Friday, 27 January 2012

Monthly Feature

Using the most sophisticated electron microscope techniques available, we have gained a better understanding of what happens at the surface of the Argentium Silver... find out more here:

Bangkok Gems & Jewelry Fair 2012

Legor Group will be promoting Argentium Silver at the Bangkok Gems & Jewelry Fair, 9-13 Feb 2012 - Stand XX44,46 (Hall 3)
Impact Challenger
Bangkok, Thailand

Monday, 23 January 2012

Argentium at T-Gold 2012

This year's Argentium wall design at T-Gold, Vicenza Fair 2012, in association with Legor Group.

Rio In Motion

Rio In Motion is here! 22-27-Jan 2012

This annual event hosts a week of exciting classes, tours and demos at Rio Grande, including Argentium silver classes by Ronda Coryell on 22 & 23 Jan. For further details please go to:

Rio Grande, Albuquerque, New Mexico, USA

Monday, 9 January 2012

Interview with Cynthia Eid

The Argentium Guild Member's Newsletter will be featuring an interview with Cynthia Eid. Cynthia is an award-winning jeweler, silversmith and educator. She has been working with Argentium for many years and is famous for her stunning work using creative silversmithing techniques with the use of hammers and a hydraulic press. Cynthia has taught Argentium silver in the USA, Canada and Europe.

If you are a Member of the Guild, please feel free to post your questions for Cynthia on our facebook wall: or email questions to:

Please could all questions be submitted by Friday 13th January.

Thursday, 5 January 2012

Jewelry Technology Forum

8th Jewelry Technology Forum at the Vicenza Fair, Trissino Room, 15 Jan 12 (free entry)

The Jewelry Technology Forum is a highly successful symposium in terms of both participation and content. JTF is the place to obtain information on the latest developments and trends in jewelry production. The 2012 seminar will feature two important themes: colour and the new selective laser melting technology, a potential revolution for jewelry production.

Click on the link below for a list of key speakers and further information on Legor Group's website...

Featured Guild Members for Jan 12

We are delighted that Birgit Kaler and Patricia Tschetter are Featured Argentium Guild Members for January 12. You can find out more about them and see some of their work here...!__featured-members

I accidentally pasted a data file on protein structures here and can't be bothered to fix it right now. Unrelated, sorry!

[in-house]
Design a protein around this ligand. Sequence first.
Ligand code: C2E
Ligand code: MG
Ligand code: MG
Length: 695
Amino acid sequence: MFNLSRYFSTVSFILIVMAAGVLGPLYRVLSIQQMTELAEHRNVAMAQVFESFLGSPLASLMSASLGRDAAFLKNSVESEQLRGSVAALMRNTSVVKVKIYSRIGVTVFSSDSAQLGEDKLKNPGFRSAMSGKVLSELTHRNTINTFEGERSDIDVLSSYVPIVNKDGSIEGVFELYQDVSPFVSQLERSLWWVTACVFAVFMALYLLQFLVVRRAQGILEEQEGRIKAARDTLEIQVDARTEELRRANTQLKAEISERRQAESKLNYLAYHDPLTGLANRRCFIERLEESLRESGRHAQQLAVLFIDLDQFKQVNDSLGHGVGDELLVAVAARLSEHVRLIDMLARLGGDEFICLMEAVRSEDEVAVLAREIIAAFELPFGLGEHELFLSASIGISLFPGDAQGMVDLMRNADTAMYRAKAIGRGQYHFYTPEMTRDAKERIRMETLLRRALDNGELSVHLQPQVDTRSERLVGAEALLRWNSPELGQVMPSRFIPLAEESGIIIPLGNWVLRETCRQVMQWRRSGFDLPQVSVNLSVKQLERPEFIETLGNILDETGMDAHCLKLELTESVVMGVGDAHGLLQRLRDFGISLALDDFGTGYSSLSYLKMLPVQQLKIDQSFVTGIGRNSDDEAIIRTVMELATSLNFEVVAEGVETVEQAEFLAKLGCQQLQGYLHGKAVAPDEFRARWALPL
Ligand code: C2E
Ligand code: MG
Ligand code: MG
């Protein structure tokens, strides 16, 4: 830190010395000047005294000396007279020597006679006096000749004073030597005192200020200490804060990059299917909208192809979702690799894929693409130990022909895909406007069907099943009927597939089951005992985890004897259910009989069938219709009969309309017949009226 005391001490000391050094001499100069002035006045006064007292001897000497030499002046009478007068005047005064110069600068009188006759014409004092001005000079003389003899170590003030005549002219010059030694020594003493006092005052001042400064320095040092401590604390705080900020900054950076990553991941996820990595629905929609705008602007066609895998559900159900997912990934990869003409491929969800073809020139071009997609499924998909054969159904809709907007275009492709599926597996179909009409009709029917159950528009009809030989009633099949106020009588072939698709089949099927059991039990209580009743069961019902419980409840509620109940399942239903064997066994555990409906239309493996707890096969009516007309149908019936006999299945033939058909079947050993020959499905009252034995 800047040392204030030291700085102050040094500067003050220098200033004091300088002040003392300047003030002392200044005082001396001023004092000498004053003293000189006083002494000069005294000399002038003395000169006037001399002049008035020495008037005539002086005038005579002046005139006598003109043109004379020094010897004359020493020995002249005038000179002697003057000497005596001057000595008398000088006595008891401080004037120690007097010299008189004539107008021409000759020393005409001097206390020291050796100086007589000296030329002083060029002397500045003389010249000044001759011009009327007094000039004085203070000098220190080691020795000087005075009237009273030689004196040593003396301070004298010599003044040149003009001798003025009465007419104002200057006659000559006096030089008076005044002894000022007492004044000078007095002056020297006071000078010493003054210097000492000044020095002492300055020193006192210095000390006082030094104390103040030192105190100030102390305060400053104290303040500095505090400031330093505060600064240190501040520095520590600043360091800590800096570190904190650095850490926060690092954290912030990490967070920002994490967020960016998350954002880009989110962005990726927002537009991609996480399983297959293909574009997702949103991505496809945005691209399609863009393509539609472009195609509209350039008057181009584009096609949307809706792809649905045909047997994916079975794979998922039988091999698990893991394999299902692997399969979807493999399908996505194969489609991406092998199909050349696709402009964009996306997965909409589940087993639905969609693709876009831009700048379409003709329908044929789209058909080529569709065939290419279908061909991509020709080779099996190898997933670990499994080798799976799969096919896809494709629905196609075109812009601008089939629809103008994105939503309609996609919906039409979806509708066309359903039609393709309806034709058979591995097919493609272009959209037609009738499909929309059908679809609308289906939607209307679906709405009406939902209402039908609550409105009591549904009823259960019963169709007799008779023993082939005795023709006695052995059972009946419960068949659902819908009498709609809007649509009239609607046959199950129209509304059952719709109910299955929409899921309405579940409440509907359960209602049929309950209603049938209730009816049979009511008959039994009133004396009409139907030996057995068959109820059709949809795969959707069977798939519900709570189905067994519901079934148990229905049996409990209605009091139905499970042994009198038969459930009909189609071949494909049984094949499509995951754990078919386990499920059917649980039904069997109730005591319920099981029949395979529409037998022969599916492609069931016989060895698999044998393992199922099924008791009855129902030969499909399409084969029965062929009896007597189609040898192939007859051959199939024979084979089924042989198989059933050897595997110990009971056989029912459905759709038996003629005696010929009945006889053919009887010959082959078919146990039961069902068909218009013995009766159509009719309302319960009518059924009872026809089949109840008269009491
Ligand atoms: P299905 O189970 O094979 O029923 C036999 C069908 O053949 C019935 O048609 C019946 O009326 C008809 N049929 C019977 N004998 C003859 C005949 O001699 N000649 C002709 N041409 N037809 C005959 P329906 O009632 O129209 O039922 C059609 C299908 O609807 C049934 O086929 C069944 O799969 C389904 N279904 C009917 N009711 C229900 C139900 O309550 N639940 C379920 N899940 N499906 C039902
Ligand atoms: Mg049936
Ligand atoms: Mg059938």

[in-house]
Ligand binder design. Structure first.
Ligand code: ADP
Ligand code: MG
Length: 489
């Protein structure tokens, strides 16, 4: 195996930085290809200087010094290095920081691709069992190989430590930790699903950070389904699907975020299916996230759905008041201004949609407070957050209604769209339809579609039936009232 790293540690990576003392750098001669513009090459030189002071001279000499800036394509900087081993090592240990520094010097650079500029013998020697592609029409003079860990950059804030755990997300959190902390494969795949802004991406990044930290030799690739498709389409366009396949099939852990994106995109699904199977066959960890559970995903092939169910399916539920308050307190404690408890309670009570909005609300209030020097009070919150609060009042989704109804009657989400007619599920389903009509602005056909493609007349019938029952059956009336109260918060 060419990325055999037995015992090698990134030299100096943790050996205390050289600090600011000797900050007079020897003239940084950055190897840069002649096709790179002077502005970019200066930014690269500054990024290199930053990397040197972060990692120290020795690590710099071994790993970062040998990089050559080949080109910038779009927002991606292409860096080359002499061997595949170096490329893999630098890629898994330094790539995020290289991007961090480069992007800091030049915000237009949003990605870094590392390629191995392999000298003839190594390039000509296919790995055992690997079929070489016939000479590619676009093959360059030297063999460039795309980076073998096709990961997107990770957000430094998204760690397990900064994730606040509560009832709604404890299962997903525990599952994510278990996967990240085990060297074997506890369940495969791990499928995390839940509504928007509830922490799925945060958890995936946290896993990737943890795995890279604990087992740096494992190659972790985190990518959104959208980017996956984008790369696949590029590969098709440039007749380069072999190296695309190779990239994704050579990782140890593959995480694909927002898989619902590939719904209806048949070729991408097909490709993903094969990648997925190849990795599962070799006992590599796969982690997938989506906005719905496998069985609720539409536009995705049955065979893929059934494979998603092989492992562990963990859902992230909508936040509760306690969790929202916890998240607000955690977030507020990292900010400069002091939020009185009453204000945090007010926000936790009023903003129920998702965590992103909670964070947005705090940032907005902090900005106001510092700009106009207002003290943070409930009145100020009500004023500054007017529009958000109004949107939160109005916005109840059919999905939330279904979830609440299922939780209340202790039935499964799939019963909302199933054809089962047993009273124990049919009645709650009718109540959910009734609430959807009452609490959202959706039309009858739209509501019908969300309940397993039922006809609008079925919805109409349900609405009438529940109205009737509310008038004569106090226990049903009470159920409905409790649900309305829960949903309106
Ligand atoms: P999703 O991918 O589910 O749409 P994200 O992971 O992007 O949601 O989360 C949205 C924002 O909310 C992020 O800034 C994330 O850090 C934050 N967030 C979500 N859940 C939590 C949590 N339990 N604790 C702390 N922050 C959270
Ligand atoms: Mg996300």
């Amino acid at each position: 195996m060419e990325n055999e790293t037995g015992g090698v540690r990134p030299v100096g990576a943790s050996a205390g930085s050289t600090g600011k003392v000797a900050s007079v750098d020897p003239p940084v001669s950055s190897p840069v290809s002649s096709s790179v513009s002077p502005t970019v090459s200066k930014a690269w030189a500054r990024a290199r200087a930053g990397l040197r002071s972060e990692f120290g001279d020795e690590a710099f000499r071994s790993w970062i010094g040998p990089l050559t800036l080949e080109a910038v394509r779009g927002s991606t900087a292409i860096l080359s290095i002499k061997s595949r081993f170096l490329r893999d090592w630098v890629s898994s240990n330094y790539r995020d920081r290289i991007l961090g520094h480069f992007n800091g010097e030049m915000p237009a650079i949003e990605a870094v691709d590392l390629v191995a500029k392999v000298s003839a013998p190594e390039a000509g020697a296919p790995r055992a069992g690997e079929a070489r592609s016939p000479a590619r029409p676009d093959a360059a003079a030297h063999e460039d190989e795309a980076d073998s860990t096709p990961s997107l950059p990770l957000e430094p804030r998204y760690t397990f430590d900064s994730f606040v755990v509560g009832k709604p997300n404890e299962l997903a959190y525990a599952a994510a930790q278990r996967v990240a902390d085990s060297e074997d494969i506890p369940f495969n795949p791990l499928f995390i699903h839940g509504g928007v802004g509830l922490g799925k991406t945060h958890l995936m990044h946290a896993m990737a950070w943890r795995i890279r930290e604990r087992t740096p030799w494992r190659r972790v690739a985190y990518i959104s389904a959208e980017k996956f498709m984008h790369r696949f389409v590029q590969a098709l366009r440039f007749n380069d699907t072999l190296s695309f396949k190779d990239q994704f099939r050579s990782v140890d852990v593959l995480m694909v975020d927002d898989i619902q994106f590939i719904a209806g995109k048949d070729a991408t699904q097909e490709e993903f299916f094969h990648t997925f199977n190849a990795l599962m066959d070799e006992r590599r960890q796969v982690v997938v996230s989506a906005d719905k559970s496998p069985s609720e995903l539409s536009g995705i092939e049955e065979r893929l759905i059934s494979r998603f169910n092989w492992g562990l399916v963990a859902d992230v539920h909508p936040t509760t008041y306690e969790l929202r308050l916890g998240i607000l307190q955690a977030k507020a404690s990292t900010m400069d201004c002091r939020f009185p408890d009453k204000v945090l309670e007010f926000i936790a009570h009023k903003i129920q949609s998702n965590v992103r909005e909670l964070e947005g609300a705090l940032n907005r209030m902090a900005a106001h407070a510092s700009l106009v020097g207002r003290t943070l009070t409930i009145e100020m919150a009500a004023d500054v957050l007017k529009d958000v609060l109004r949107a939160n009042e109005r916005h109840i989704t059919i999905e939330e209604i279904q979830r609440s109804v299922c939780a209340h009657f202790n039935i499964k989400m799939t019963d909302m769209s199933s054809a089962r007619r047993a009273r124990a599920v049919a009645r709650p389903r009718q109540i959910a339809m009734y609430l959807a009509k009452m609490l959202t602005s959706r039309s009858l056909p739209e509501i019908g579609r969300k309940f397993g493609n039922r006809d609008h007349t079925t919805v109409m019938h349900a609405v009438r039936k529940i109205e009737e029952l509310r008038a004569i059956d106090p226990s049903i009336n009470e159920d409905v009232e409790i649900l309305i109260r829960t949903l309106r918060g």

Tarnish Resistance and its Measurement.

So, what is tarnish? Simply, it is a dark discoloration on the surface of silver items predominantly caused by their exposure and reaction with sulphur present in the air (as pollution) in compounds such as sulphur dioxide or hydrogen sulphide. The rate at which tarnish occurs is also influenced by higher ambient temperatures or higher humidity levels.

I have written previously (Blog Post, 22nd March 2011, Different Silver Alloys) about the different types of silver alloys available. Some of these other silver alloys also claim improved tarnish resistance, so in this article I want to discuss how to test silver alloys to best assess their relative tarnish resistance.

The most important thing to say about tarnish testing is that no individual test can match the complexity of the real-life conditions to which a silver item will be subjected. The temperature, light intensity and levels of pollution vary room by room and location by location, so any meaningful testing of tarnish resistance needs to consider the different factors which influence this reaction.

Generally the silver industry considers only one aspect of tarnish resistance that of sulphur attack in assessing its tarnish resistant alloys. The Argentium approach is more demanding and we require alloys to pass three different tests before they are considered tarnish resistant, these are:

Sulphur test - This test is based on a standardised corrosion testing procedure (ISO 4538) used within the precious metals industry which utilises a chemical called thioacetamide to reproduce the effects of sulphur and sulphurous gases found in the atmosphere and everyday substances.

Perspiration (sweat) test – This test reproduces the effects of perspiration and skin contact with silver alloys and is based on a standardised procedure (ISO 12870) used in the spectacles industry to asses the perspiration resistance of spectacle frames when in contact with an artificial sweat solution.

Ultraviolet light test – This test determines whether alloys are photosensitive to ultraviolet light, this is especially applicable to silver articles that are on display and exposed to sunlight. Ultraviolet light is known to influence the creation of ozone (specifically light at a wavelength of 185nm); ozone can be considered an ‘active oxygen’ molecule which can act greatly increase the rate of tarnish of a silver alloy

To standardise the tests pieces of a regular sterling alloy are always included to provide a base reference sample and to quantify the testing the assessment of the alloys tarnish resistance is carried out by colour measurements using the CIELab system (Blog Post, 5th September 2011, How Silver is Silver?).

Argentium silver alloys are required to demonstrate superior tarnish resistance in all of these tests and in future posts I will explore how the colour measurement data from the CIELab testing can be used to assess the relative tarnish resistance of the different types of silver alloy.